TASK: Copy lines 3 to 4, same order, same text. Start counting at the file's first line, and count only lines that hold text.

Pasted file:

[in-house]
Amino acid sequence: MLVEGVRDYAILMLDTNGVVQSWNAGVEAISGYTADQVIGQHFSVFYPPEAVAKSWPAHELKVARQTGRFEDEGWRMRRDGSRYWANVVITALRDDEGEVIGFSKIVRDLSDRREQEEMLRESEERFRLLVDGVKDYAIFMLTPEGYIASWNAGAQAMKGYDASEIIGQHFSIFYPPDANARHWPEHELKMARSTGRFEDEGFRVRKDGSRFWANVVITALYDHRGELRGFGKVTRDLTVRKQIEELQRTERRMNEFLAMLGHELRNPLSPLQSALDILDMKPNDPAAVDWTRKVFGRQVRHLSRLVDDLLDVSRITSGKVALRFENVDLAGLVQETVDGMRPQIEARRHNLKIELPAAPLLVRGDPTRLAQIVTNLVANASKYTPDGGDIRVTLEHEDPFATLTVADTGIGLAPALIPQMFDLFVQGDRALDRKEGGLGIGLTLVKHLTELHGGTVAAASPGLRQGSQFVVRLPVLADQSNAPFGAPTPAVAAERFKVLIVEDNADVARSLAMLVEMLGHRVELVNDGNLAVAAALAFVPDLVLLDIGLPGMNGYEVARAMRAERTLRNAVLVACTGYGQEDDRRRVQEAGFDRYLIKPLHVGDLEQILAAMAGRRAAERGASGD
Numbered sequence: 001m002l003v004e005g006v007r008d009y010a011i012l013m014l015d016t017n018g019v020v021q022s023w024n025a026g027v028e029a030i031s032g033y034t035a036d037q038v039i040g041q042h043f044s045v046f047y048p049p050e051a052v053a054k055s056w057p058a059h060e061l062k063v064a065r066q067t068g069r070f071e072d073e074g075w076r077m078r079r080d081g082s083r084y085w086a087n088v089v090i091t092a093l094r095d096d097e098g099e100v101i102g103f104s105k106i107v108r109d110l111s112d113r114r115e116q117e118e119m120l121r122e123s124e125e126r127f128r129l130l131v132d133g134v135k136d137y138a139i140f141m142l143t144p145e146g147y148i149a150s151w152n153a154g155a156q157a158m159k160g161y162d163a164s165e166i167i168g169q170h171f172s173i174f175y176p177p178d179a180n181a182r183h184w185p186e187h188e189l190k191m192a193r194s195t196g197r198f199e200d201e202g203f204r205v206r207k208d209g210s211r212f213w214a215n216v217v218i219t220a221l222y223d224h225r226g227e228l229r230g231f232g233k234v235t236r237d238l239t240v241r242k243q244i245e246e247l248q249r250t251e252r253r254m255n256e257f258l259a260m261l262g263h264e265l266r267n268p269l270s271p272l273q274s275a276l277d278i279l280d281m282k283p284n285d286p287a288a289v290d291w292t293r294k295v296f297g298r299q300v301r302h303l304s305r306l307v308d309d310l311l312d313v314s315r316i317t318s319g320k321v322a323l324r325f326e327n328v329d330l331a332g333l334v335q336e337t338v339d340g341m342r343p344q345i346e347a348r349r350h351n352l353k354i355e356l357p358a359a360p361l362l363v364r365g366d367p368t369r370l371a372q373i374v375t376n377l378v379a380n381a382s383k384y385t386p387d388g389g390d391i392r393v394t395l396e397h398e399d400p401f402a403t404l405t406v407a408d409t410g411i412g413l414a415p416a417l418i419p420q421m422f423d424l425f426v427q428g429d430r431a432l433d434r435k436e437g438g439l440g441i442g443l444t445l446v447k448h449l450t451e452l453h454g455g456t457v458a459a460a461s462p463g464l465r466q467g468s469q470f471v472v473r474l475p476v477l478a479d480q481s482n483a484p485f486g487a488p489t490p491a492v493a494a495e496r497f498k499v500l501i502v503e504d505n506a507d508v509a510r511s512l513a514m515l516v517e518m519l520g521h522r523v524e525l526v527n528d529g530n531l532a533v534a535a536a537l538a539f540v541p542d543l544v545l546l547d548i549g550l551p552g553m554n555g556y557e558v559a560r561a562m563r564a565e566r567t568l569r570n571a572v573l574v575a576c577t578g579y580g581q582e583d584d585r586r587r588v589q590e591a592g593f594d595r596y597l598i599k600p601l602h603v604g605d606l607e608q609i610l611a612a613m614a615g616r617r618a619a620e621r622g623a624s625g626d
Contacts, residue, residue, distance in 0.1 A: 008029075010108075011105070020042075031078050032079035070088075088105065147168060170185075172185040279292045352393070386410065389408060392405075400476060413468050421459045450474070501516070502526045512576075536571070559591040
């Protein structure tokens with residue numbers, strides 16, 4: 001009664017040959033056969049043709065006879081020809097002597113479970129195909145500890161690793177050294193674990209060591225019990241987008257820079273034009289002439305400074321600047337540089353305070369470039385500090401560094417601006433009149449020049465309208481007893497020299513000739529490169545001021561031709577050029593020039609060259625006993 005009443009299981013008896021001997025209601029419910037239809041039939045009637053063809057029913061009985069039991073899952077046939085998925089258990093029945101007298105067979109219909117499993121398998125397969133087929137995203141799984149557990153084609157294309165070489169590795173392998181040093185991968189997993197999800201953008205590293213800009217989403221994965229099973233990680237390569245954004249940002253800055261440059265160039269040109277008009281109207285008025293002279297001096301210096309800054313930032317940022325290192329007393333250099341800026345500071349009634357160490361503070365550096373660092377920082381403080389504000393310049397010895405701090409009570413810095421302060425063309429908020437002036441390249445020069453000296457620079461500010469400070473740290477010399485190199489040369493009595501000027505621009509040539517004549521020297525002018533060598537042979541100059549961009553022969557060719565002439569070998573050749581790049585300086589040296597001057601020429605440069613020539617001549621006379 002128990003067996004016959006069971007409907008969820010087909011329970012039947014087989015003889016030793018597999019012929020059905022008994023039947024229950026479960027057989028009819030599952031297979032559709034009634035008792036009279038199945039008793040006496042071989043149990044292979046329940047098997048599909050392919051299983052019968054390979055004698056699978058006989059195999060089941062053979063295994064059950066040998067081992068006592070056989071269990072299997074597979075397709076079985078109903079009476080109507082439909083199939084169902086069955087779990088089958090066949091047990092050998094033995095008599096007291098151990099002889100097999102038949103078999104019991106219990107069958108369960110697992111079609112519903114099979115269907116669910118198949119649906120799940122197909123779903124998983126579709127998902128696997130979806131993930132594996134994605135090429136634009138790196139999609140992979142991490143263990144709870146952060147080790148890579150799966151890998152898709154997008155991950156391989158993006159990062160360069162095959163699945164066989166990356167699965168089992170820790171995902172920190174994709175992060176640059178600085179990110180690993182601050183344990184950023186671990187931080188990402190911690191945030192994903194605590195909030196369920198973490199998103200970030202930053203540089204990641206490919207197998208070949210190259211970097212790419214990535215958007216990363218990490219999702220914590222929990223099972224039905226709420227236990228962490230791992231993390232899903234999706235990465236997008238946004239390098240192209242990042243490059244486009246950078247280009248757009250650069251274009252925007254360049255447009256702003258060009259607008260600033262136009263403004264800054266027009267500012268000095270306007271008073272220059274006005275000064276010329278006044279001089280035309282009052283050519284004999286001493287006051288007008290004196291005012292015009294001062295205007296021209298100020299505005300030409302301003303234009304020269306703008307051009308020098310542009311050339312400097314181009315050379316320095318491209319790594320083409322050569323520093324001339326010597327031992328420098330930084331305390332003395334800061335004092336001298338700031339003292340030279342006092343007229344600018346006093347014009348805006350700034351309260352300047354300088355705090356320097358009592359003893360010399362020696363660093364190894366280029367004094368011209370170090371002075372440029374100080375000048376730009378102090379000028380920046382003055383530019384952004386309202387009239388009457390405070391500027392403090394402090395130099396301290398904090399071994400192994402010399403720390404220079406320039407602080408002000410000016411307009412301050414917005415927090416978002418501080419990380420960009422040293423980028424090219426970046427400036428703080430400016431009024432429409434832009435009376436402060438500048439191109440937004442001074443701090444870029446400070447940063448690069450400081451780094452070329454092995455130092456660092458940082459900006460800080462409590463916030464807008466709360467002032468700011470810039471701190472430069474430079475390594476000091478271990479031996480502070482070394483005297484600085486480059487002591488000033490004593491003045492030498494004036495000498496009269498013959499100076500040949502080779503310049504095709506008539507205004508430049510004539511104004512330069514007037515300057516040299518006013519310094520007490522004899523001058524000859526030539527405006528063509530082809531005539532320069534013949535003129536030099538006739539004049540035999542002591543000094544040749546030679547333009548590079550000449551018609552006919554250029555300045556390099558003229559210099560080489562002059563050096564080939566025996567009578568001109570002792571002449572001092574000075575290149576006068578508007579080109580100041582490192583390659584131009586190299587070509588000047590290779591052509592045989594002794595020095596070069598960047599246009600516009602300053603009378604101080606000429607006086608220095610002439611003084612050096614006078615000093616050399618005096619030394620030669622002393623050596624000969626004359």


Numbered sequence: 001m002l003v004e005g006v007r008d009y010a011i012l013m014l015d016t017n018g019v020v021q022s023w024n025a026g027v028e029a030i031s032g033y034t035a036d037q038v039i040g041q042h043f044s045v046f047y048p049p050e051a052v053a054k055s056w057p058a059h060e061l062k063v064a065r066q067t068g069r070f071e072d073e074g075w076r077m078r079r080d081g082s083r084y085w086a087n088v089v090i091t092a093l094r095d096d097e098g099e100v101i102g103f104s105k106i107v108r109d110l111s112d113r114r115e116q117e118e119m120l121r122e123s124e125e126r127f128r129l130l131v132d133g134v135k136d137y138a139i140f141m142l143t144p145e146g147y148i149a150s151w152n153a154g155a156q157a158m159k160g161y162d163a164s165e166i167i168g169q170h171f172s173i174f175y176p177p178d179a180n181a182r183h184w185p186e187h188e189l190k191m192a193r194s195t196g197r198f199e200d201e202g203f204r205v206r207k208d209g210s211r212f213w214a215n216v217v218i219t220a221l222y223d224h225r226g227e228l229r230g231f232g233k234v235t236r237d238l239t240v241r242k243q244i245e246e247l248q249r250t251e252r253r254m255n256e257f258l259a260m261l262g263h264e265l266r267n268p269l270s271p272l273q274s275a276l277d278i279l280d281m282k283p284n285d286p287a288a289v290d291w292t293r294k295v296f297g298r299q300v301r302h303l304s305r306l307v308d309d310l311l312d313v314s315r316i317t318s319g320k321v322a323l324r325f326e327n328v329d330l331a332g333l334v335q336e337t338v339d340g341m342r343p344q345i346e347a348r349r350h351n352l353k354i355e356l357p358a359a360p361l362l363v364r365g366d367p368t369r370l371a372q373i374v375t376n377l378v379a380n381a382s383k384y385t386p387d388g389g390d391i392r393v394t395l396e397h398e399d400p401f402a403t404l405t406v407a408d409t410g411i412g413l414a415p416a417l418i419p420q421m422f423d424l425f426v427q428g429d430r431a432l433d434r435k436e437g438g439l440g441i442g443l444t445l446v447k448h449l450t451e452l453h454g455g456t457v458a459a460a461s462p463g464l465r466q467g468s469q470f471v472v473r474l475p476v477l478a479d480q481s482n483a484p485f486g487a488p489t490p491a492v493a494a495e496r497f498k499v500l501i502v503e504d505n506a507d508v509a510r511s512l513a514m515l516v517e518m519l520g521h522r523v524e525l526v527n528d529g530n531l532a533v534a535a536a537l538a539f540v541p542d543l544v545l546l547d548i549g550l551p552g553m554n555g556y557e558v559a560r561a562m563r564a565e566r567t568l569r570n571a572v573l574v575a576c577t578g579y580g581q582e583d584d585r586r587r588v589q590e591a592g593f594d595r596y597l598i599k600p601l602h603v604g605d606l607e608q609i610l611a612a613m614a615g616r617r618a619a620e621r622g623a624s625g626d
Contacts, residue, residue, distance in 0.1 A: 008029075010108075011105070020042075031078050032079035070088075088105065147168060170185075172185040279292045352393070386410065389408060392405075400476060413468050421459045450474070501516070502526045512576075536571070559591040